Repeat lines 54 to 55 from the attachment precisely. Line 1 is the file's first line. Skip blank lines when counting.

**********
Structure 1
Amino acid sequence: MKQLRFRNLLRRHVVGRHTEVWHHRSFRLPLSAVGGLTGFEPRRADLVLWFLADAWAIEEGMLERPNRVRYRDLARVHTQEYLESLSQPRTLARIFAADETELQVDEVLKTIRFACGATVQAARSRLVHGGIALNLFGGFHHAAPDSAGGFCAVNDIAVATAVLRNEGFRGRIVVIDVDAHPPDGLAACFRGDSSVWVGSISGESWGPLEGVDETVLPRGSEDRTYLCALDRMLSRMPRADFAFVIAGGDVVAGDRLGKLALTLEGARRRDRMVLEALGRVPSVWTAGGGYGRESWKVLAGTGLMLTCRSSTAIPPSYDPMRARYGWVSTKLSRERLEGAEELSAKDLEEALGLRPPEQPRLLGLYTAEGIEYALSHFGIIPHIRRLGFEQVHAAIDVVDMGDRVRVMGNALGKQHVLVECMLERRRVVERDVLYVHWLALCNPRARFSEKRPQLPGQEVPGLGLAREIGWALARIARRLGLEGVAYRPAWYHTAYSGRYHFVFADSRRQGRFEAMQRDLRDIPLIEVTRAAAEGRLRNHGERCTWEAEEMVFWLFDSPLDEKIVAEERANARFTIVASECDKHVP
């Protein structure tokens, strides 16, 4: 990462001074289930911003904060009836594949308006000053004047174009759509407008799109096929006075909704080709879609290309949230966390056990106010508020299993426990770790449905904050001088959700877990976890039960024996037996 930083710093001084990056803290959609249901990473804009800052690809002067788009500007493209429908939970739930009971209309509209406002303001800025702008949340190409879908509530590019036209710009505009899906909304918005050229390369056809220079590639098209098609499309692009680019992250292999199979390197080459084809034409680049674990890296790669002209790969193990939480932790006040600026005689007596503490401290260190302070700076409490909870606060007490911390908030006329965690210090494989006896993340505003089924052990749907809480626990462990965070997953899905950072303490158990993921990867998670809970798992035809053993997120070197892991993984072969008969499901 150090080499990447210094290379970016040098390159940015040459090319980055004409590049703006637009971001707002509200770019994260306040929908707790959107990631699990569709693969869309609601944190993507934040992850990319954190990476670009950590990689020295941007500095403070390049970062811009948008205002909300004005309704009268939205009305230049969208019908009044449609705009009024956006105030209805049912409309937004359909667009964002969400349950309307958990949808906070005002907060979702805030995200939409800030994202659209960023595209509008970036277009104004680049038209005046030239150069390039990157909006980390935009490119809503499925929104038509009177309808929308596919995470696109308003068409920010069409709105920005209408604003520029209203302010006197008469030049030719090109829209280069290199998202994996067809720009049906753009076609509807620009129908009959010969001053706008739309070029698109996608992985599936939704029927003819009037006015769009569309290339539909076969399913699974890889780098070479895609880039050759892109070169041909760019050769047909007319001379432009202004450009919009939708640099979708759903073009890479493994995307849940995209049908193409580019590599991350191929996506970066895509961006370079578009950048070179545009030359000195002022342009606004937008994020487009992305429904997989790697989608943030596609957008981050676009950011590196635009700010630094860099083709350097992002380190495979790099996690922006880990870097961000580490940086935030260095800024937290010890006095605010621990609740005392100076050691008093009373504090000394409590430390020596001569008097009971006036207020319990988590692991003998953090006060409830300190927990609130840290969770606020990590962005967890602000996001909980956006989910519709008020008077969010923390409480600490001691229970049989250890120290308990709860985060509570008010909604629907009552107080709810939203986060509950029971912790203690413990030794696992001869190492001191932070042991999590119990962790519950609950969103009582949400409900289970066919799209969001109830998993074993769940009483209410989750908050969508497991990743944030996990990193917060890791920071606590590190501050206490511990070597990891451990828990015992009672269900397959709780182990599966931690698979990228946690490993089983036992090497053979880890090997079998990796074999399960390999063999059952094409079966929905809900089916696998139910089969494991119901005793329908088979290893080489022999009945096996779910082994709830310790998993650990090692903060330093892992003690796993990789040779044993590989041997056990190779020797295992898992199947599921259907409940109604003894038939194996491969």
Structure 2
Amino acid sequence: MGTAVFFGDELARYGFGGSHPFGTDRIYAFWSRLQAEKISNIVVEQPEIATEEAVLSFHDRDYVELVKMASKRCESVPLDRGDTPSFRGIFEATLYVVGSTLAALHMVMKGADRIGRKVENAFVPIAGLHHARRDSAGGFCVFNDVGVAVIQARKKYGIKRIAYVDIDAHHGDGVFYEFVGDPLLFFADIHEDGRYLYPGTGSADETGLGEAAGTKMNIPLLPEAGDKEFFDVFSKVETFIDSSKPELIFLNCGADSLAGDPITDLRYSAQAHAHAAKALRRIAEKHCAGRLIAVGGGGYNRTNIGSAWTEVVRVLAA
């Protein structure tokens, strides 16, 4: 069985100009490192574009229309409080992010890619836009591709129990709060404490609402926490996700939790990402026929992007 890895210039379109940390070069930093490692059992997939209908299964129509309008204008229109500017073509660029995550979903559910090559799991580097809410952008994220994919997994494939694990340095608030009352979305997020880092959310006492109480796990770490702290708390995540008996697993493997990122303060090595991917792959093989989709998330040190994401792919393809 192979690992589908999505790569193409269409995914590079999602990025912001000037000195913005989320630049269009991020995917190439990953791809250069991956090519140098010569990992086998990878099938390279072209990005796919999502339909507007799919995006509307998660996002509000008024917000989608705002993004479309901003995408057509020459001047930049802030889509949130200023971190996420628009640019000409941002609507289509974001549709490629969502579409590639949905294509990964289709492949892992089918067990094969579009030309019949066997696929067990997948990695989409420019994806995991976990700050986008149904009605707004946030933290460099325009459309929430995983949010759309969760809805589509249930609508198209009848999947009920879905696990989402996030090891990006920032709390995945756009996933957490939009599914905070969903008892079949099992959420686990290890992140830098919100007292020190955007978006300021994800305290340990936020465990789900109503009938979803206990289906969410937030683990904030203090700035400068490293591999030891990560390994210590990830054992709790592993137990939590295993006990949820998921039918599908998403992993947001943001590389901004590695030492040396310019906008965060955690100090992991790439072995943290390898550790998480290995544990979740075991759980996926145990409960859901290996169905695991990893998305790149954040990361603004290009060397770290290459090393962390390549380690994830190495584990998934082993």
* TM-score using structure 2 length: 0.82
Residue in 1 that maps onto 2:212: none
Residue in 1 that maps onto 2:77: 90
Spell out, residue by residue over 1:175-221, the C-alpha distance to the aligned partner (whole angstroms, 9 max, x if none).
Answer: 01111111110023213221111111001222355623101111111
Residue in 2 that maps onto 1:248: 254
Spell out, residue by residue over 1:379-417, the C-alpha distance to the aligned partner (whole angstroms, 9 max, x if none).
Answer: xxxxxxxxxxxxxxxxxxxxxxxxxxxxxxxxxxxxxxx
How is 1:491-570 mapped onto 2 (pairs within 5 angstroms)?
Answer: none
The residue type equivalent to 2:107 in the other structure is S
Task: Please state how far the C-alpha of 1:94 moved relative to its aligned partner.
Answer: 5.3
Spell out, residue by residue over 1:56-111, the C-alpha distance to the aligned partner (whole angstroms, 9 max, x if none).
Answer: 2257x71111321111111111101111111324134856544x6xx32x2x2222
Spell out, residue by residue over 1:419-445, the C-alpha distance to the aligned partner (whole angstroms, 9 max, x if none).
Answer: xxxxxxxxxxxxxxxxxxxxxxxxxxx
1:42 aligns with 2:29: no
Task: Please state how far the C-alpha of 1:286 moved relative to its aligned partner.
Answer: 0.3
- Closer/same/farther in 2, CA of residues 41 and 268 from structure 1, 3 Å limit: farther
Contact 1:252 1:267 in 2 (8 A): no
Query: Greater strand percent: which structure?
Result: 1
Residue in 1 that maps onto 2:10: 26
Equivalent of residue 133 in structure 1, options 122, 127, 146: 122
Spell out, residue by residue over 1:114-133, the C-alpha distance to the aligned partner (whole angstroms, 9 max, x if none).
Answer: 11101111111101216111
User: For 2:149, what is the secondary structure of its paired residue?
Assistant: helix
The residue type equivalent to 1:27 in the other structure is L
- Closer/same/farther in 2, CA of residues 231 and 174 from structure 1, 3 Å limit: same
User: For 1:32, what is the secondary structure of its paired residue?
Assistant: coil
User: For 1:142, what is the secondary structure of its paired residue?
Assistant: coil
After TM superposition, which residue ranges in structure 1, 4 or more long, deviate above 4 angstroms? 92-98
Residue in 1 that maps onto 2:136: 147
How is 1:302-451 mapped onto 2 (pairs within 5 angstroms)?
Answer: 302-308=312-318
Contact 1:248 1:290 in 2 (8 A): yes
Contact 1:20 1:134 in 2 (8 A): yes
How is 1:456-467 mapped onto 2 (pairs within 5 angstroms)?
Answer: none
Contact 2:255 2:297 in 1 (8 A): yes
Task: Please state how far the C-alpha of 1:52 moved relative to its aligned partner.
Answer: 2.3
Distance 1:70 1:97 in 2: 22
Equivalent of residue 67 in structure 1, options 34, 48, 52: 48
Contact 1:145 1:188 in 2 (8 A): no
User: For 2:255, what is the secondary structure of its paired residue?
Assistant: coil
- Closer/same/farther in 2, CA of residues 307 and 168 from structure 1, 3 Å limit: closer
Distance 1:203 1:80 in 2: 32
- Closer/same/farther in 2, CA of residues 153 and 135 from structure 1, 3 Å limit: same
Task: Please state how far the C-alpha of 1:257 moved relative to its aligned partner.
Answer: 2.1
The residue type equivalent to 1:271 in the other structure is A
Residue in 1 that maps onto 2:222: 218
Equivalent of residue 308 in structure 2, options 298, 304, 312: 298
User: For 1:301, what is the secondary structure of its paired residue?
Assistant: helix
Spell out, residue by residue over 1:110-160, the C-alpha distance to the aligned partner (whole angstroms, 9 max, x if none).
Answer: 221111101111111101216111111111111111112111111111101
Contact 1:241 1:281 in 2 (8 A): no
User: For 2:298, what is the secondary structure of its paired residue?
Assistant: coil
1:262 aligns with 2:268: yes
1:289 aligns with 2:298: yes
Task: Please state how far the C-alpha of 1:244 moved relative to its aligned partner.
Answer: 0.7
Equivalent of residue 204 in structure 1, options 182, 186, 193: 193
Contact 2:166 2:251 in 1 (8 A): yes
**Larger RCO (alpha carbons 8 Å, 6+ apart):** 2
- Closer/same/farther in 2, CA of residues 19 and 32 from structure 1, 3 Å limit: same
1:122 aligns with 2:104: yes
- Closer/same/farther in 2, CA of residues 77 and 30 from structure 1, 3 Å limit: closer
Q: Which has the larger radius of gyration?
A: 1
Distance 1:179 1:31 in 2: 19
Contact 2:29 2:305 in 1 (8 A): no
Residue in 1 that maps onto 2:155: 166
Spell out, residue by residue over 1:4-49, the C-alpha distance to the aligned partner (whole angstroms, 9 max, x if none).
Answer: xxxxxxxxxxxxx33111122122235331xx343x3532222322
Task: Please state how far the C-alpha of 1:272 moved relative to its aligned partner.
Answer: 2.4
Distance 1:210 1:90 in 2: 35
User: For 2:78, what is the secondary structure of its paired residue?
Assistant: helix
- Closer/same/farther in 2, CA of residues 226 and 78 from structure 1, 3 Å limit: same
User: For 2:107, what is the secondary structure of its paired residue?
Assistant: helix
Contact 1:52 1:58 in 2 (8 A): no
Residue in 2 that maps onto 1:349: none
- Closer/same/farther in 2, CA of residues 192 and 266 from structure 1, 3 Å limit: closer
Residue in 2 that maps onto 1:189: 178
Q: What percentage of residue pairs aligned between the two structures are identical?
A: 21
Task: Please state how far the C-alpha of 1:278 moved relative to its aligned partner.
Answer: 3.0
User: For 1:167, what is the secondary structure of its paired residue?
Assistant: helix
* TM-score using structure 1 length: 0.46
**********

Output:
Distance 1:70 1:97 in 2: 22
Equivalent of residue 67 in structure 1, options 34, 48, 52: 48